It has been long recognized that the survivors of very preterm birth and very low birth weight (VLBW) have a relatively high prevalence of major neurodevelopmental sequelae in childhood years. Early major motor problems such as cerebral palsy and later cognitive, behavioral, and minor motor impairments have all been extensively described . While cranial ultrasound examination immediately after birth has been demonstrated to be successful in predicting major motor difficulties at school age with some accuracy, it has proved much less useful in studying the origins of lesser impairments, and is of little value outside the neonatal period (see also Chapters 3 and 4). The increasing use of magnetic resonance imaging (MRI) of the head, as a research tool in childhood during the last two decades, together with long-term follow-up and assessments, has considerably increased our understanding of brain development after preterm birth.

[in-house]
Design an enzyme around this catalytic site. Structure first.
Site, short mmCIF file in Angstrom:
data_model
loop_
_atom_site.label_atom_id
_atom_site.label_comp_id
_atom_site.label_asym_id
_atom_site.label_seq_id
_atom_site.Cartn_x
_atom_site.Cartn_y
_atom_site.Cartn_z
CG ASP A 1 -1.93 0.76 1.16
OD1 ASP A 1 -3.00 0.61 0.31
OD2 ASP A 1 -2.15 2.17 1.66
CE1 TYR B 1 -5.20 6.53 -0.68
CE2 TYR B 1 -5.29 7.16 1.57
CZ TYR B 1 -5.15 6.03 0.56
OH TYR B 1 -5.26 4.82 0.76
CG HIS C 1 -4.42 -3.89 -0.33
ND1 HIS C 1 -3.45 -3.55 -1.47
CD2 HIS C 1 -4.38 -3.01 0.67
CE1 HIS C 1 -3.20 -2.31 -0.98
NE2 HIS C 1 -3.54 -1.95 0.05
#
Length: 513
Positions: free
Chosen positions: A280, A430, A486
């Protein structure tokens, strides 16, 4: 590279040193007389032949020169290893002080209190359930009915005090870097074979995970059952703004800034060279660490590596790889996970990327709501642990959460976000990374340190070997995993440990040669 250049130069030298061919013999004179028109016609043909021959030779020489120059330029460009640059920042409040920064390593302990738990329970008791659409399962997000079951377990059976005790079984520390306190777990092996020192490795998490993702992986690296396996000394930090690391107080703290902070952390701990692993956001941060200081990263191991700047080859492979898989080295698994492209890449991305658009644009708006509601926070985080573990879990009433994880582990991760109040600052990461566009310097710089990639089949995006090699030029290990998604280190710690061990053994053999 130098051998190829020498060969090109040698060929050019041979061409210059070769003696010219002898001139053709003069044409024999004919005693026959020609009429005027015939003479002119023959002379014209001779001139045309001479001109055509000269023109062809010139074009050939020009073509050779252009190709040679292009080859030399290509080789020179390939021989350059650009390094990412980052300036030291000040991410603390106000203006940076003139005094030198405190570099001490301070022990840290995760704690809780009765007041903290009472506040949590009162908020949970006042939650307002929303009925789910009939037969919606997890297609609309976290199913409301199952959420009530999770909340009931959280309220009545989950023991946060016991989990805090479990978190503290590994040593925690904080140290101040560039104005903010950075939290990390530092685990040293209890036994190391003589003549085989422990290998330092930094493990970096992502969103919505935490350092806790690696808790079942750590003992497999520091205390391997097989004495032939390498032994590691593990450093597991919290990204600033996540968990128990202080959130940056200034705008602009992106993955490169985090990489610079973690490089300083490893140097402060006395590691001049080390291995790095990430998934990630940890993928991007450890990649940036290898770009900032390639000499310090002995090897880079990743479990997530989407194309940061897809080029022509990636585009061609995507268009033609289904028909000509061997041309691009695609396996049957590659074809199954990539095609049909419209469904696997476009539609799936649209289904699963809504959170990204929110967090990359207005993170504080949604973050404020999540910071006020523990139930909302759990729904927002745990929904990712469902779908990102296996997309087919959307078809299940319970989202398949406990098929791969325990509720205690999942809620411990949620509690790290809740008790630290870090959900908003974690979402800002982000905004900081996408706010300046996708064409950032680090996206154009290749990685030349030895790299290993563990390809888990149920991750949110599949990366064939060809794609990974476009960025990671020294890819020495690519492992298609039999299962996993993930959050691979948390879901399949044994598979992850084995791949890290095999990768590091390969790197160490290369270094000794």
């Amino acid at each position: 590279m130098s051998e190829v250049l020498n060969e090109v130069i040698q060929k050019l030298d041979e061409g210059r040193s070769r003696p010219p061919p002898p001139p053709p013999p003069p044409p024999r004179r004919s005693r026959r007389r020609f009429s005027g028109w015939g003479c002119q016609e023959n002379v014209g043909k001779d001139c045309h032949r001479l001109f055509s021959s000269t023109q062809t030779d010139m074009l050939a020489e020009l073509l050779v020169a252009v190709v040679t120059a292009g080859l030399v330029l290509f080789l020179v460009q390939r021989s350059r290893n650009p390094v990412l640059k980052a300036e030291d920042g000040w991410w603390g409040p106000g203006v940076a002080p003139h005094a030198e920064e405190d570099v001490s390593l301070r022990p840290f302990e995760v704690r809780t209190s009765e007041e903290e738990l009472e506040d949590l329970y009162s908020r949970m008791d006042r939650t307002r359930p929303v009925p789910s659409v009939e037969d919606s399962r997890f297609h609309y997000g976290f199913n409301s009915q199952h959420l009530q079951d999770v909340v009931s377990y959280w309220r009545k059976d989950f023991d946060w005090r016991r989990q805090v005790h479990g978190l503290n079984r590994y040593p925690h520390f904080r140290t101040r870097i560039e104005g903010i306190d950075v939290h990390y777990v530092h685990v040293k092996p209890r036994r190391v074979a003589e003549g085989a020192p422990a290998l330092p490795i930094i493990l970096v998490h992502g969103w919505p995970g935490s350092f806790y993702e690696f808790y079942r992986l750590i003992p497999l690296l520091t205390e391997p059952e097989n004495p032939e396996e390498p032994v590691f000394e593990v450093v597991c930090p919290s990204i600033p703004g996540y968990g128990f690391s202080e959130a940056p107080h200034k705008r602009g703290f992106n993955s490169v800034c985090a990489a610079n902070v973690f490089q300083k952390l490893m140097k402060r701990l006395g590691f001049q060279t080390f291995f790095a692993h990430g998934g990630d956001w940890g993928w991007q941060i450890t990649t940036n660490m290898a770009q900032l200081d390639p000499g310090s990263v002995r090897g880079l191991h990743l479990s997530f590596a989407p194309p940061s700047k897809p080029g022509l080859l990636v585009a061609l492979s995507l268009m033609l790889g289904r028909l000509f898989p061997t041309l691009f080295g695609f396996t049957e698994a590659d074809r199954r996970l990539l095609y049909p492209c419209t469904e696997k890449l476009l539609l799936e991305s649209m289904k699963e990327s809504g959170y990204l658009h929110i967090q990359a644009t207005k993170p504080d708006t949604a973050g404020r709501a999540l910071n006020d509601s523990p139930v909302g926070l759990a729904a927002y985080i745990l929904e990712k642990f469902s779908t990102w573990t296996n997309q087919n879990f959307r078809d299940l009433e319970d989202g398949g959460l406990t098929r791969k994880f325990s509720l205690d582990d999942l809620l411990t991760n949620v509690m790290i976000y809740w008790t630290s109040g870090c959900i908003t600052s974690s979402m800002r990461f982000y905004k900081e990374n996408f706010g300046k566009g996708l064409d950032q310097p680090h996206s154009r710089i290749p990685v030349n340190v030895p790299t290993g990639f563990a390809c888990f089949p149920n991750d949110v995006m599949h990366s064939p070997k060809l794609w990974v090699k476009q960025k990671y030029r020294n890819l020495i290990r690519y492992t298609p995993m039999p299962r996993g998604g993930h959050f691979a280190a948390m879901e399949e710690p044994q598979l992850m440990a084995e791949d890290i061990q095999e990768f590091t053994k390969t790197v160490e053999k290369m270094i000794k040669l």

Whilst early use of MRI often necessitated long acquisition times, more powerful magnetic fields in modern scanners have enabled, at least in older children, more rapid imaging to be achieved with minimal or no sedation. In addition, more recent techniques such as diffusion-weighted imaging, functional MRI, vascular MRI, and tractometry have greatly increased the types of information that can be obtained.
Published studies have concentrated on area or volume measurements of whole brain and specific areas of the brain such as the caudate nucleus, cerebellum, hippocampus, or cortical regions, and correlated these with behavioral, cognitive or motor outcomes.